Methods 2017-18

From Fine Art Wiki

Outcomes 2018:

Texts on the Practice:

(please upload here)

File:180509 LHH-ToM.pdf (Lili)

File:MM txtonpractice.pdf (Matheline)

File:It didn't start with a flat surface 2 small.pdf (Josje)

File:The withdrawer.pdf (JLL)

File:Janis Dzirnieks - Text on the Practice, 2018.pdf (JanisDz)

File:TextonMethods MerveKilicer2018.pdf

File:Marco Rizzardi, text on method.pdf

Edited samples of writing produced this year:

(please upload here)

File:LHH-CompiledEditedText-BobbyJakobMarco.pdf - Edited text by Lili Huston-Herterich (sources: Marco Rizzardi, Bobby Sayers, Jaokob Forster)

File:Marco Rizzardi - editing session 28.06.2018.pdf

File:Josje Hattink editing methods 28 May 2018.pdf

File:A matter of tone.pdf (JLL)

File:Lili text Storm MerveKilicer edit.pdf

File:Last Methods EDIT 2018.pdf

METHODS 2017-18

Led by Kate Briggs, Bernd Krauss, Mike Sperlinger and Nina Wakeford

In this course students identify and share the research methods they currently employ in their practices while also engaging with and testing out new ones. We will be discussing the very idea of ‘method’ (What counts as a method? When is it useful to recognize and affirm an action as a method?) as well as the very idea of ‘research’ (What counts as research within an artistic practice? What role does research play in your own art-making? What does it do or not do? How to describe and present your ‘research’ activities?). Working both individually and collectively, students will undertake and reflect on a sequence of practical research tasks involving (for instance): reading, writing, making, looking, listening, improvising, planting and playing. In the process, they will elaborate their own individual answers to these questions – answers that are meaningful in terms of the practice and can be communicated to others. In addition to the work produced in each day-long session, the outcome of the seminar is a Text on Method (1,500 words), submitted in May 2018, which forms the basis of the First Year Self-evaluation Assessment.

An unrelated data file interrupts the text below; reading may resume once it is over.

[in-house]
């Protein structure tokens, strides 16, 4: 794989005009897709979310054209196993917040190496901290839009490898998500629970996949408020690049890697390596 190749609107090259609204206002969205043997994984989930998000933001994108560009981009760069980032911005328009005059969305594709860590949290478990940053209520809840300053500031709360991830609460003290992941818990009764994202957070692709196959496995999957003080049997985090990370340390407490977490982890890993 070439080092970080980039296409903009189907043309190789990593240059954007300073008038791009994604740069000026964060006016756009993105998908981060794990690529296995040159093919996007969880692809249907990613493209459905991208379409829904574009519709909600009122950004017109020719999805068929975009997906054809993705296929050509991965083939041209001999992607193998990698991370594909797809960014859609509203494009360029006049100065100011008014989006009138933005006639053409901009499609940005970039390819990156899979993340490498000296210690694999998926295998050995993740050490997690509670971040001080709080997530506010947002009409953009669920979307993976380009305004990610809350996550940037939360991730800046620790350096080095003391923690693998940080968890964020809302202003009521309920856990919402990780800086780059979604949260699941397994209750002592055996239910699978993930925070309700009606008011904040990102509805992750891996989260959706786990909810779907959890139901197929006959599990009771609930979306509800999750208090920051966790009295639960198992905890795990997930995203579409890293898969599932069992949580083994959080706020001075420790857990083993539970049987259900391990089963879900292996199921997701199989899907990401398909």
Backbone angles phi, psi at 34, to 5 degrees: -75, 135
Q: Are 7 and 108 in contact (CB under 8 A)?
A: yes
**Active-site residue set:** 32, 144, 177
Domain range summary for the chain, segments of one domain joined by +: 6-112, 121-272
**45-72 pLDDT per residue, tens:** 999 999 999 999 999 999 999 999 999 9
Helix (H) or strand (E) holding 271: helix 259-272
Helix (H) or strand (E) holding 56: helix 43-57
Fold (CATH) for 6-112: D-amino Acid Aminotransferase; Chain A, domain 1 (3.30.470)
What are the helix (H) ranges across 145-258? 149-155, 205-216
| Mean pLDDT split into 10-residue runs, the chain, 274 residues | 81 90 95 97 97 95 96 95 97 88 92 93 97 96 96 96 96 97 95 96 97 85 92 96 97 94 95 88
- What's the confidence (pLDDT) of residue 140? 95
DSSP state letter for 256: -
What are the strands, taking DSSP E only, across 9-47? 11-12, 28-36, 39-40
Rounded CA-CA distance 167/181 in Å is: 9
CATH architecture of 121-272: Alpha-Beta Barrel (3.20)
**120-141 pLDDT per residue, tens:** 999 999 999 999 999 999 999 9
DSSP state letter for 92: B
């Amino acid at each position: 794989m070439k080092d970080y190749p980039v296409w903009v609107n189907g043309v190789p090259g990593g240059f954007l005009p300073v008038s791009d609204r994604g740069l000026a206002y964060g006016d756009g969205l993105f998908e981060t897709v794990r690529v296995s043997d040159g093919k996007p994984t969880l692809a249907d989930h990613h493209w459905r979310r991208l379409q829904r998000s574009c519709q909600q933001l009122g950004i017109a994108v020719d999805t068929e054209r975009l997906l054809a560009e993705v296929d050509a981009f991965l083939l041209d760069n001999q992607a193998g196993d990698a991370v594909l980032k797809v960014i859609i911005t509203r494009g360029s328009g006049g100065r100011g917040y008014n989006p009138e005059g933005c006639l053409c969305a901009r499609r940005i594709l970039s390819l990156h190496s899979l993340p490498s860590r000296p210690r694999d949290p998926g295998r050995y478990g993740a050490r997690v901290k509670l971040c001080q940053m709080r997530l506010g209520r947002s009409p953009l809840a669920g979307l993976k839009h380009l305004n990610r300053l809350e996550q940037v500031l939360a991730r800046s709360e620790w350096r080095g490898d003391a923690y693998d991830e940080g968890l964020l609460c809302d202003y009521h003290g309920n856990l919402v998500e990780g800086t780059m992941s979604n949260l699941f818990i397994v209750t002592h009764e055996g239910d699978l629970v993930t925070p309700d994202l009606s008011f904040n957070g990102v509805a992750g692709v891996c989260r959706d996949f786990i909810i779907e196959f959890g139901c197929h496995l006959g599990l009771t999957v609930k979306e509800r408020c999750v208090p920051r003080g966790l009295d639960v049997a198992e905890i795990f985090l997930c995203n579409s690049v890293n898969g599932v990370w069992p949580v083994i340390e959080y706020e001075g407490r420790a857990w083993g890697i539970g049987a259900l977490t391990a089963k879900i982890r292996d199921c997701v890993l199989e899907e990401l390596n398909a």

Eight sessions led by Kate Briggs with Mike Sperlinger, for whom writing is a means to record, support and contextualize other kinds of research and artistic activity, a tool to think with as well as a material practice in its own right. These sessions will almost always involve some reading + the production of text, as well as the related practices of note-taking and annotation, live / silent / individual / collaborative editing and revision. In this way, our sessions prepare students for writing the Text on Method in spring 2018 and for the longer writing component (8,000 words) which is written in the second year.

Four seasonal, practice-based sessions led by Bernd Krauss (under the heading of, ‘RRRRRealities) will explore some moments of pre-creation, in which we, without preconceived ideas or interests, look closely at specific (mediated) realities. Questions include: How do we approach an unknown territory? What kind of tools or methods can be used, and/or be found, that allow us to experience, sense, and track particles of the real that we may not already understand? We will speculate that collecting and gathering particular types of information within specific parameters can grant us a kind of authority about the microscopic realities we encounter. This will allow us later to question, build on, transform, modulate, practice and create with a certain rooting in an unfamiliar environment/territory, thus exposing ourselves (and audiences) to moments of education and understanding.

Learning Outcomes

- Identify and / or invent and actively test a wide range of methods available to artistic practice. - Reflect on, discuss and communicate with authority the role that research plays in one’s practice. - Establish a meaningful descriptive vocabulary for the materials, questions, concepts and forms inherent to one’s practice (in preparation for the graduate research project). - Identify and test a wide range of approaches to writing in English, considering questions of form and mode of address (in preparation for the writing component). - Engage meaningfully with the work of others, through conversation and collaboration.